If there were a single number that guaranteed financial security in retirement, we'd all know how much savings to aim for. But there are numerous factors that dictate how large a nest egg you'll need to live comfortably once you stop working -- things like the home you expect to reside in, the things you plan to do with your days, and the extent to which you expect health issues to eat up your financial resources.
Still, it helps to have a ballpark estimate on the savings front, and in this regard, Provision Living did some digging late last year and discovered that Americans, on average, think $610,000 is the magic number for a secure retirement. Given that the average U.S. salary in 2018 was $63,179, that may not be so far off. Seniors are often advised to leave the workforce with 10 times their ending salary banked, so for someone earning $63,179, that would mean entering retirement with $631,790 -- not a crazy jump from $610,000.
The problem, however, is that most Americans only expect to save $276,000 by the time they retire, resulting in much more of a gap. And that's troubling, even if that $610,000 figure is a bit off.
How much retirement savings will you need?
Though retiring with 10 times your ending salary is a good goal to strive for, you may be able to get away with less -- or, you might need more. It really all depends on what you expect your living expenses to look like. As such, it pays to sock away as much money as you can so that if your golden years wind up costing you more than expected, you won't struggle to pay the bills.
Of course, ramping up your savings rate isn't the easiest thing to do when you're grappling with near-term bills. But if you're willing to slash a few expenses in your budget, you might free up enough cash to give your nest egg a solid boost -- one that allows you to retire more confidently.
Case in point: Socking away an extra $250 a month over 20 years will increase your retirement savings by $123,000, assuming your investments generate an average annual 7% return during that time (which is a few percentage points below the stock market's average). If your current savings rate would otherwise leave you with $300,000, setting aside that extra $250 a month will give you $423,000 instead.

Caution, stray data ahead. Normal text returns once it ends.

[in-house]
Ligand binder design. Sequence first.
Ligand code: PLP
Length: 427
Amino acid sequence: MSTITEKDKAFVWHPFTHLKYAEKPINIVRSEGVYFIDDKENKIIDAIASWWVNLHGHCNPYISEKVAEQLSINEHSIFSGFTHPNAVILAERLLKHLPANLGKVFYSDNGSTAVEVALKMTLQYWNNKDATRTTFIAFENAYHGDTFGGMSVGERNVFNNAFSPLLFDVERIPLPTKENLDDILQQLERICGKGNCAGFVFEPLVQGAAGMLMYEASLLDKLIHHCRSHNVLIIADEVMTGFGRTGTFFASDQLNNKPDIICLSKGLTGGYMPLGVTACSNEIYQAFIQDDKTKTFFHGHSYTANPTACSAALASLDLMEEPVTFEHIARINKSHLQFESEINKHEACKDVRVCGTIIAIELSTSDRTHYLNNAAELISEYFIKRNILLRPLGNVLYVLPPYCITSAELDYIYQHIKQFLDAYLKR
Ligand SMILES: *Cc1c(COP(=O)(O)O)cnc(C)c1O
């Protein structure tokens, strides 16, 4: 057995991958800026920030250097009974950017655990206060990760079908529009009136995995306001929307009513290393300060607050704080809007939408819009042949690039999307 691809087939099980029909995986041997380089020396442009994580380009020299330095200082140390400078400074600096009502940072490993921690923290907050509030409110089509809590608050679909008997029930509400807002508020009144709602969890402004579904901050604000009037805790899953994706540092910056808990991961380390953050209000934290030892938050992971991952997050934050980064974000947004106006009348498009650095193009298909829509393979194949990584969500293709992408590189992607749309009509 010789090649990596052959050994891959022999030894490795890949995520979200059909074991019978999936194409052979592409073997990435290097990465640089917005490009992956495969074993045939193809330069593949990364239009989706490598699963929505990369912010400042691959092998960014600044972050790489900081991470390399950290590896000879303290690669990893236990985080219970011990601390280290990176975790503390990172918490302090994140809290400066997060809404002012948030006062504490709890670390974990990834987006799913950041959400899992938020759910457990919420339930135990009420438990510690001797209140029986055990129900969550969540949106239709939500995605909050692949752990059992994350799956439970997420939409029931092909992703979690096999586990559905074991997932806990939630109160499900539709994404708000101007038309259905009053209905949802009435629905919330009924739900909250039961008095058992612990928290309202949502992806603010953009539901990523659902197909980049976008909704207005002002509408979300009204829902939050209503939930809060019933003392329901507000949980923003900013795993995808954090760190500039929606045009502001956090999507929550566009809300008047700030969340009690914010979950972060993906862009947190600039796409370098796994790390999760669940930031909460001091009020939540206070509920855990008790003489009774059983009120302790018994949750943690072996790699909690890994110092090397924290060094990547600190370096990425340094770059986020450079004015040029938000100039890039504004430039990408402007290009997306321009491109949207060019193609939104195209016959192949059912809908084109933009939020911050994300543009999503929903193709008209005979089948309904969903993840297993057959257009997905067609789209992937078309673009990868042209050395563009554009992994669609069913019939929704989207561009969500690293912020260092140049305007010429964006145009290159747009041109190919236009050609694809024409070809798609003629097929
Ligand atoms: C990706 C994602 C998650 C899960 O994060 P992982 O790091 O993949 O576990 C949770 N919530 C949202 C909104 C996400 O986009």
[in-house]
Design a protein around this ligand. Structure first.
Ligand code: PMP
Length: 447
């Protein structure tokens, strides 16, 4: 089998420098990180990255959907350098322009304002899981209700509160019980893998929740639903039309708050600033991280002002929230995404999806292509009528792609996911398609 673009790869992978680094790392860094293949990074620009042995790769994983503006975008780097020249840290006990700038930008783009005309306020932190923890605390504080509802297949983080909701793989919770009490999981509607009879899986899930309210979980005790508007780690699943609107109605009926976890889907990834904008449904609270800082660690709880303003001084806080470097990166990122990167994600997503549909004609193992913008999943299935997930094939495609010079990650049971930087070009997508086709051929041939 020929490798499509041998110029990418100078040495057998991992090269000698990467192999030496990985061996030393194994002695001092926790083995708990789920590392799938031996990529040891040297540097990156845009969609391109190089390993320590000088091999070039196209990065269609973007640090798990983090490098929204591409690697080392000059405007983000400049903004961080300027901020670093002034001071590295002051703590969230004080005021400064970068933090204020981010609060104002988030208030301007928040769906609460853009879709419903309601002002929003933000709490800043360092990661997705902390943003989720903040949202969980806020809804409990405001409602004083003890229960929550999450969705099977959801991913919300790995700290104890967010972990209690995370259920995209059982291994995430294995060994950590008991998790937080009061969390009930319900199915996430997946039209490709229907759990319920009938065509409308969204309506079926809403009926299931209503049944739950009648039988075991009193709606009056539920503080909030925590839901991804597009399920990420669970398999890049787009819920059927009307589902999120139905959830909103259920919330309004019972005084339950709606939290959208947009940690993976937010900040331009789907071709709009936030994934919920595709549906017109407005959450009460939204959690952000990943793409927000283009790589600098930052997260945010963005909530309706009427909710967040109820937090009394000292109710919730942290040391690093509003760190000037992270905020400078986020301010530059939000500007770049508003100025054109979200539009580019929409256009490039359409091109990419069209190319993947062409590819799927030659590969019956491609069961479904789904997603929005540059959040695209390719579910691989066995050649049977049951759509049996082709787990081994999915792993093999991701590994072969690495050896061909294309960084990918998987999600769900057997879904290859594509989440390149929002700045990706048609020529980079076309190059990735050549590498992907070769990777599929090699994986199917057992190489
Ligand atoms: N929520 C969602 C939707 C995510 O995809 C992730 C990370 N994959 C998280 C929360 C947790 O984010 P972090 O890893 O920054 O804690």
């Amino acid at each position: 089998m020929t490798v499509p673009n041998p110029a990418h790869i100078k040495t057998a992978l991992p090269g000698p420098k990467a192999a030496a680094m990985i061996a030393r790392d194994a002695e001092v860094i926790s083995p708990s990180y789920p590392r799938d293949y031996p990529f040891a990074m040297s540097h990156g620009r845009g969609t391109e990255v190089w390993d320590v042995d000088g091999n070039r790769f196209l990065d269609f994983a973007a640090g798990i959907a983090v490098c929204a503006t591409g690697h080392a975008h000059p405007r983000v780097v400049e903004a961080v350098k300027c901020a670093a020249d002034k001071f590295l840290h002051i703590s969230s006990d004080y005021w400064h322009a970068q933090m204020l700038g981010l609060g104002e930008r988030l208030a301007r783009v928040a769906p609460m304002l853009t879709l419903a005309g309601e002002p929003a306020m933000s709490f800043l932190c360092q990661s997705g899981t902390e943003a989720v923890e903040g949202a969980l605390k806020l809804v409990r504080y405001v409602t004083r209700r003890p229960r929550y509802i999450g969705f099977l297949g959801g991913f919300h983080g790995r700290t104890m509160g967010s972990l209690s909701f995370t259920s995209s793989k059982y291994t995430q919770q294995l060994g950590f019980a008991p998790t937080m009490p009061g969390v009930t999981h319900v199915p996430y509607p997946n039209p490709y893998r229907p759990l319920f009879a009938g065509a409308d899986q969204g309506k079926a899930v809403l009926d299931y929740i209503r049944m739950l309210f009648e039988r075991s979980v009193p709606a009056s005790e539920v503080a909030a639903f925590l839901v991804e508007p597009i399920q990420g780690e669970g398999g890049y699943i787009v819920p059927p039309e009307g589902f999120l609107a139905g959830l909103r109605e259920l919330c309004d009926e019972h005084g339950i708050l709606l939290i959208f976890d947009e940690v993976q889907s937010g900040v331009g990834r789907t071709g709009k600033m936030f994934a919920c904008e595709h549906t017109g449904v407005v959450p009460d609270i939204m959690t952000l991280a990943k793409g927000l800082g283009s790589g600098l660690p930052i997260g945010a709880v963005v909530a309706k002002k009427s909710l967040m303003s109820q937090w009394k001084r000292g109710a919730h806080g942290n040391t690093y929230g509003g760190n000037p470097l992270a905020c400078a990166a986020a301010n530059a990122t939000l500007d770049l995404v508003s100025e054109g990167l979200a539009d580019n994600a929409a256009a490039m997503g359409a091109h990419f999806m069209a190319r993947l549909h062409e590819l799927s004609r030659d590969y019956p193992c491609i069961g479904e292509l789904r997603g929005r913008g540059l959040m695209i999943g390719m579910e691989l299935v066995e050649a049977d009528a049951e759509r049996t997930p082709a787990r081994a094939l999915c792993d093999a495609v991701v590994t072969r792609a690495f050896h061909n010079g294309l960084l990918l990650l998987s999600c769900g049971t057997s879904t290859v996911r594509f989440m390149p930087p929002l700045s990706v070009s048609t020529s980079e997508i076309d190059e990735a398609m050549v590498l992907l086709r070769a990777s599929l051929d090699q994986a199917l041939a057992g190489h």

It also pays to look at getting a second job if you're behind on retirement savings and need to catch up. And even if you're not behind per se, having a second income could help you boost your nest egg without having to make too many lifestyle sacrifices along the way.
Is $610,000 within your reach?
If entering retirement with $610,000 to your name sounds like a good goal, know that the sooner you begin saving, the more likely you are to get there. In fact, if you begin setting money aside in your early 20s, thereby giving yourself a 45-year savings window, you can amass $610,000 by socking away just $178 a month, assuming your investments generate that 7% average annual return we talked about earlier.
If you're starting out later than your early 20s, you'll need to save more on a monthly basis. But if $610,000 is your goal, be sure to give yourself ample time to reach that figure.
Of course, you may decide that you don't need $610,000 to live comfortably in retirement, or that $610,000 won't come close to paying the bills. Your best bet is really to land on your own personal retirement savings target rather than rely on an average, and then map out a plan that allows you to accumulate the sum you have in mind.